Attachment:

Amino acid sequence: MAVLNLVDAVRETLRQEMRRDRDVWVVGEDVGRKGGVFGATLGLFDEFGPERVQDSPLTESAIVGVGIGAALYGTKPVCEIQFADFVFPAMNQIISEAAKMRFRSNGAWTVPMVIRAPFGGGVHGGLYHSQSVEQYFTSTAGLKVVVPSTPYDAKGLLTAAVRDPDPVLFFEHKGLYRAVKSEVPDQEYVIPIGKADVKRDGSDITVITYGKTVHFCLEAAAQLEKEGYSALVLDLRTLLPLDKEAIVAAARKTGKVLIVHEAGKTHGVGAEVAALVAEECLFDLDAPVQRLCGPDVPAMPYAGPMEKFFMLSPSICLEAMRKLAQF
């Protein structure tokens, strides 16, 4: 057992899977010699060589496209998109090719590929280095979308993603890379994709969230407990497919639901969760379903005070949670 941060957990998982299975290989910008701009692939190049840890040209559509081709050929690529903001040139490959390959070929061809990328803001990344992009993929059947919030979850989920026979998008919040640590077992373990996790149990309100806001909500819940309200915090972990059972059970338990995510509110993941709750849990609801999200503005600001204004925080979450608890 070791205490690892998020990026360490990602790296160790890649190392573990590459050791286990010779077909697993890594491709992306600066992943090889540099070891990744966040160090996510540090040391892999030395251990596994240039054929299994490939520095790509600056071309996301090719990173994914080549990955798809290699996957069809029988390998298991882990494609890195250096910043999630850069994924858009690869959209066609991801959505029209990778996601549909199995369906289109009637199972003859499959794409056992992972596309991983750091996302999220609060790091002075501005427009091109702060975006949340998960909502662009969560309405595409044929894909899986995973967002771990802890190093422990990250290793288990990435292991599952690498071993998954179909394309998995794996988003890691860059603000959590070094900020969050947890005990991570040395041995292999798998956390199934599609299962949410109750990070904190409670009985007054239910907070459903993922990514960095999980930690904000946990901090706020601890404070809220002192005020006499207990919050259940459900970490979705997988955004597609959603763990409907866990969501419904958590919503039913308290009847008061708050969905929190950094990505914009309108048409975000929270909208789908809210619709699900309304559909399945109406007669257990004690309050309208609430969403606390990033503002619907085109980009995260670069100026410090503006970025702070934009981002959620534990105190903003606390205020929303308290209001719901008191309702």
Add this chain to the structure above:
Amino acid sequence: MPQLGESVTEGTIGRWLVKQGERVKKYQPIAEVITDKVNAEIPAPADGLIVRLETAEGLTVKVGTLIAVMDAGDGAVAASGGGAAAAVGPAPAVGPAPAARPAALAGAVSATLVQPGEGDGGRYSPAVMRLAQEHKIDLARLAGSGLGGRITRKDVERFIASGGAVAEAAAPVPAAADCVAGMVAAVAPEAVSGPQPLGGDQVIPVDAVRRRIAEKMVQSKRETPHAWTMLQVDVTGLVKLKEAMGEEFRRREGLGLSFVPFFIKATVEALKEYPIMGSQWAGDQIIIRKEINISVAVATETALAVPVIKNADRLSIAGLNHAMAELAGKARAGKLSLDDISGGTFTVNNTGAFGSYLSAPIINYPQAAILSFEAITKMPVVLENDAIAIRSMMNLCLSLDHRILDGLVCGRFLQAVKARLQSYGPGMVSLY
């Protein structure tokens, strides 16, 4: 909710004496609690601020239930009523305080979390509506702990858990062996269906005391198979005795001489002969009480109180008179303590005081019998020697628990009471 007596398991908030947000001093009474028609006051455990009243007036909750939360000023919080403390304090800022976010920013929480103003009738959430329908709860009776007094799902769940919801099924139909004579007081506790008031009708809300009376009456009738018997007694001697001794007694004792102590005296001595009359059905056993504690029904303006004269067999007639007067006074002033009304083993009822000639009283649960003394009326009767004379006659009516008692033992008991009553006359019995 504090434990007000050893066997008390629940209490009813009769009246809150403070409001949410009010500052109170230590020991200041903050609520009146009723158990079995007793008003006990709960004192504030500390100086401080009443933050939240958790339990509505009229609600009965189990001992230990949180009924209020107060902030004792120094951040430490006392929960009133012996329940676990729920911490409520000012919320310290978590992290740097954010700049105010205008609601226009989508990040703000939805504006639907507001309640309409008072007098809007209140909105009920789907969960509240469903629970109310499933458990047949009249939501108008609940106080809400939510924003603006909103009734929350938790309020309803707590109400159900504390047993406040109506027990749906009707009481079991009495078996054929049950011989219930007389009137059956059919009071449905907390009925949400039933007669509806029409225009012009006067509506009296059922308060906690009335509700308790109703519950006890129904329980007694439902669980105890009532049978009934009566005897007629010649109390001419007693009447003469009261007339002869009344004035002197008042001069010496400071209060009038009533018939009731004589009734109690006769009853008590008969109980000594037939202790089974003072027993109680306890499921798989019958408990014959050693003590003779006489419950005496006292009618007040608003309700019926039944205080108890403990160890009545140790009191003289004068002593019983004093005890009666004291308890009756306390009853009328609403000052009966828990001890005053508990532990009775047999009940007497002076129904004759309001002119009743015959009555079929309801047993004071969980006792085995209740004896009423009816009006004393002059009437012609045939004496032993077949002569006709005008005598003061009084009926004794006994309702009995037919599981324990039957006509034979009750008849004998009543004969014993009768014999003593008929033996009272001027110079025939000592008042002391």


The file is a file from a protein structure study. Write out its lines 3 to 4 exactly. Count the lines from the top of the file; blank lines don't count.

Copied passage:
Add this chain to the structure above:
Amino acid sequence: MPQLGESVTEGTIGRWLVKQGERVKKYQPIAEVITDKVNAEIPAPADGLIVRLETAEGLTVKVGTLIAVMDAGDGAVAASGGGAAAAVGPAPAVGPAPAARPAALAGAVSATLVQPGEGDGGRYSPAVMRLAQEHKIDLARLAGSGLGGRITRKDVERFIASGGAVAEAAAPVPAAADCVAGMVAAVAPEAVSGPQPLGGDQVIPVDAVRRRIAEKMVQSKRETPHAWTMLQVDVTGLVKLKEAMGEEFRRREGLGLSFVPFFIKATVEALKEYPIMGSQWAGDQIIIRKEINISVAVATETALAVPVIKNADRLSIAGLNHAMAELAGKARAGKLSLDDISGGTFTVNNTGAFGSYLSAPIINYPQAAILSFEAITKMPVVLENDAIAIRSMMNLCLSLDHRILDGLVCGRFLQAVKARLQSYGPGMVSLY